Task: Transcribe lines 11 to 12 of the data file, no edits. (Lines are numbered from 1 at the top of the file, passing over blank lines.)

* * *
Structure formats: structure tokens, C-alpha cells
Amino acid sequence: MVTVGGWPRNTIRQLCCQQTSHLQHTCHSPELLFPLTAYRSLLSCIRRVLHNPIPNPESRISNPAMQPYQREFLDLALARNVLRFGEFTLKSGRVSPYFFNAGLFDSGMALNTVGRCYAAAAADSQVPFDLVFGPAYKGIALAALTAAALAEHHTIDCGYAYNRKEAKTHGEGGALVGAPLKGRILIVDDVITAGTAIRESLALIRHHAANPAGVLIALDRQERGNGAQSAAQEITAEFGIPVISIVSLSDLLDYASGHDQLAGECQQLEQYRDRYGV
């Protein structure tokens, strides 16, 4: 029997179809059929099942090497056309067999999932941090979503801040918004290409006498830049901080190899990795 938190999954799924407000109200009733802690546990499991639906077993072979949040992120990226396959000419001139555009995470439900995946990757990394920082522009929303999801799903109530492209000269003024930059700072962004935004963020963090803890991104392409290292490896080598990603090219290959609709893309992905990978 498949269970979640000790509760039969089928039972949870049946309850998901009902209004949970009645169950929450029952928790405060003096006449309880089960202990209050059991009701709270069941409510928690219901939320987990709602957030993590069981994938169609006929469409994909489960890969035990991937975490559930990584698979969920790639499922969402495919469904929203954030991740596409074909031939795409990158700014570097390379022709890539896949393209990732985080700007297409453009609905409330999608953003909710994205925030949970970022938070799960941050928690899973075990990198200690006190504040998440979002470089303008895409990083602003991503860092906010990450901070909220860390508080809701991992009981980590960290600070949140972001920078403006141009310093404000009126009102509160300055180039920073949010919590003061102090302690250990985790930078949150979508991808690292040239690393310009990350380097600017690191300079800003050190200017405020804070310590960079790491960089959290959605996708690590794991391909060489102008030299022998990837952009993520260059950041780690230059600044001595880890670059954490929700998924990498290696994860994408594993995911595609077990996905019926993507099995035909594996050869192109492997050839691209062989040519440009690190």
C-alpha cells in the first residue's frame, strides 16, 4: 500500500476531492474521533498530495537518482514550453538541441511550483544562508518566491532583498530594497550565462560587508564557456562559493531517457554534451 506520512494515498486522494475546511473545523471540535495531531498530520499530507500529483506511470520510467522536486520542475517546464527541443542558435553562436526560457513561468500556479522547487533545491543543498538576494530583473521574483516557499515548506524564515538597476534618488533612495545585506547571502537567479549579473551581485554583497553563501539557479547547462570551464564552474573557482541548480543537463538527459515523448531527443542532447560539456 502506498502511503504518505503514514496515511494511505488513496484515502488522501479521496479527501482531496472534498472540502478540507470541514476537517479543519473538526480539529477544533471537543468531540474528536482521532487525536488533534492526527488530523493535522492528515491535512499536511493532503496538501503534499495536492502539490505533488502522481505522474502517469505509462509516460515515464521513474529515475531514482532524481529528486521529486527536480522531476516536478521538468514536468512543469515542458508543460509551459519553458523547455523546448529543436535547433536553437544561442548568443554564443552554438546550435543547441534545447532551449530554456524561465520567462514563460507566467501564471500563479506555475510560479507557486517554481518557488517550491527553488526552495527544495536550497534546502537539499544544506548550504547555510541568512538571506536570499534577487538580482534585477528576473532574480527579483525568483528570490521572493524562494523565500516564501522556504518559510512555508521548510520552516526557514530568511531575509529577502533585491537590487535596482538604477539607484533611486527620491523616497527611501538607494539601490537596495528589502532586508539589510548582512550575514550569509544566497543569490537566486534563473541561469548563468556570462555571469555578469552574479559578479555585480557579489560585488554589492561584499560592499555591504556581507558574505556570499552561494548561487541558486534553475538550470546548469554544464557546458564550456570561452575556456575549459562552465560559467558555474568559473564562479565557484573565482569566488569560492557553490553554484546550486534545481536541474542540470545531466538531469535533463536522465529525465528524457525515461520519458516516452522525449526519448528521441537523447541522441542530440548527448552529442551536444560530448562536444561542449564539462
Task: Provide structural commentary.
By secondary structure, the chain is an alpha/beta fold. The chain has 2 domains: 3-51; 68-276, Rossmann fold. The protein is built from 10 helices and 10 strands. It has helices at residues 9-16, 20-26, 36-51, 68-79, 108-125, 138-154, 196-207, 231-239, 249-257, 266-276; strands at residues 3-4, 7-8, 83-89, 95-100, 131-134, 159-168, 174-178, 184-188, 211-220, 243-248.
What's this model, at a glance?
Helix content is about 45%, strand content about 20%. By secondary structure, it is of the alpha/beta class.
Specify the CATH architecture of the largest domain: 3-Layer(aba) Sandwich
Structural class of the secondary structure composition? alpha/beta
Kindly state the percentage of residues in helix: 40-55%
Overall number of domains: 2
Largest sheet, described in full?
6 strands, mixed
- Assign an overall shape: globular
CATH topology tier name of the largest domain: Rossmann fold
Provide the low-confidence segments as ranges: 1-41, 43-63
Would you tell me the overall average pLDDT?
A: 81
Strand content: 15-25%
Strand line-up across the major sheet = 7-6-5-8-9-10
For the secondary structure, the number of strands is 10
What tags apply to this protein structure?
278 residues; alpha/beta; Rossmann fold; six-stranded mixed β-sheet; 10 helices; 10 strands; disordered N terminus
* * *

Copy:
Kindly state the percentage of residues in helix: 40-55%
Overall number of domains: 2